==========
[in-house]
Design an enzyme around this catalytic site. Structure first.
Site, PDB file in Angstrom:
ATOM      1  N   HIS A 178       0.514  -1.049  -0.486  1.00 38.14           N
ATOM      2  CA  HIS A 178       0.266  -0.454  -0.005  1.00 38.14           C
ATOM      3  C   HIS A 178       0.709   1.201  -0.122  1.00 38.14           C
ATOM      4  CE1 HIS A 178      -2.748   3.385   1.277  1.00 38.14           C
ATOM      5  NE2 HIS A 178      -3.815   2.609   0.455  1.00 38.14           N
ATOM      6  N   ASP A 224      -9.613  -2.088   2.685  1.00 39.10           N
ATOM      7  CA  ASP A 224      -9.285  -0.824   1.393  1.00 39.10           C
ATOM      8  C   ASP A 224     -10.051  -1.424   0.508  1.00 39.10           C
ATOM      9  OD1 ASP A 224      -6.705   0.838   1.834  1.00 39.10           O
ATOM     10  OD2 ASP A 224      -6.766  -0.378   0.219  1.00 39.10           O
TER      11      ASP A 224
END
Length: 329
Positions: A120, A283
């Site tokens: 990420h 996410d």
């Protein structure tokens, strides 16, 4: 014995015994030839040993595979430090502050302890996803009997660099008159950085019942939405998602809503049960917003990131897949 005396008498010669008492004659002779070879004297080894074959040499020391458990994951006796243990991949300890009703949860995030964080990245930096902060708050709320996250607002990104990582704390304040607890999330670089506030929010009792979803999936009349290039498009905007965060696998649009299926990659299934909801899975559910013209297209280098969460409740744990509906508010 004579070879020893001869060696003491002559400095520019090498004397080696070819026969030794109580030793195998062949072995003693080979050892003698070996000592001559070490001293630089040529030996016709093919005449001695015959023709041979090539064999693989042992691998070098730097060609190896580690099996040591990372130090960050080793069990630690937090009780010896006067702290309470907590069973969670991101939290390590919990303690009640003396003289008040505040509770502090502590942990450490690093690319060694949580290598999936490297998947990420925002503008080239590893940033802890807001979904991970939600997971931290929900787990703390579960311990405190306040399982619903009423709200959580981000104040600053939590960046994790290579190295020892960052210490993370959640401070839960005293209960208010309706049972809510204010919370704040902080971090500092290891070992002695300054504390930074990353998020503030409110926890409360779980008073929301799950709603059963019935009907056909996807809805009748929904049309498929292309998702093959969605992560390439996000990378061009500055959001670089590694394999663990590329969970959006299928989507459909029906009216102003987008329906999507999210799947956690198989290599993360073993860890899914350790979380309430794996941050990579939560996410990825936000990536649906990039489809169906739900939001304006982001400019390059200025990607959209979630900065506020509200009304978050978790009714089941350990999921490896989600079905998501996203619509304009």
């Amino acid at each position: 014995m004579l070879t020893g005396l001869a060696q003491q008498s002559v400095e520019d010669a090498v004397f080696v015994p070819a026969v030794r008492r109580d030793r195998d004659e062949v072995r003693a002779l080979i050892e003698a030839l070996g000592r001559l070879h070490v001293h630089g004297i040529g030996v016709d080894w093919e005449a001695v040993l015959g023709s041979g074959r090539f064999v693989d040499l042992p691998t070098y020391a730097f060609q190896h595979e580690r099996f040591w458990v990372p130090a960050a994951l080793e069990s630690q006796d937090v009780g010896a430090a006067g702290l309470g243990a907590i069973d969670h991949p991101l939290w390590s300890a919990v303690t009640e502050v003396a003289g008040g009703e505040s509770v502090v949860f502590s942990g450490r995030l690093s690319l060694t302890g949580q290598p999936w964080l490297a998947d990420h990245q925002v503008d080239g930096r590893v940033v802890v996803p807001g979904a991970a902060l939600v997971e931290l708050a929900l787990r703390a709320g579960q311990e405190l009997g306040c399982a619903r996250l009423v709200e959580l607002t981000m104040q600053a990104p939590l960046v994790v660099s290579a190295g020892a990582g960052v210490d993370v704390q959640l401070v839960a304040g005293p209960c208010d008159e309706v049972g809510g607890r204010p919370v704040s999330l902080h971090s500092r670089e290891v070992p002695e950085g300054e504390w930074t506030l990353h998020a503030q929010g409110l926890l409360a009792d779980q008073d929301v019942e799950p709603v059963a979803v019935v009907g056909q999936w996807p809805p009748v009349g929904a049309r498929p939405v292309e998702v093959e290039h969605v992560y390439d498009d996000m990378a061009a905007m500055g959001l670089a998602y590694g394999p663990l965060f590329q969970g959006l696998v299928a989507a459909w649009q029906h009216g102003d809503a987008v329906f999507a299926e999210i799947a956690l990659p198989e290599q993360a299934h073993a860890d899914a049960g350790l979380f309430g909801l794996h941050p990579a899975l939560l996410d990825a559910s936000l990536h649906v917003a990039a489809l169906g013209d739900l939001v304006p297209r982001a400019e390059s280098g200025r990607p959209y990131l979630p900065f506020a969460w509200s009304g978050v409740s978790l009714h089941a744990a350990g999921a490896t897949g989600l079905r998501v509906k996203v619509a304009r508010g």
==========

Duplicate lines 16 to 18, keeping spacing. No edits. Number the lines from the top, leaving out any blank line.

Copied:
Length: 329
Positions: A120, A283
């Site tokens: 990420h 996410d």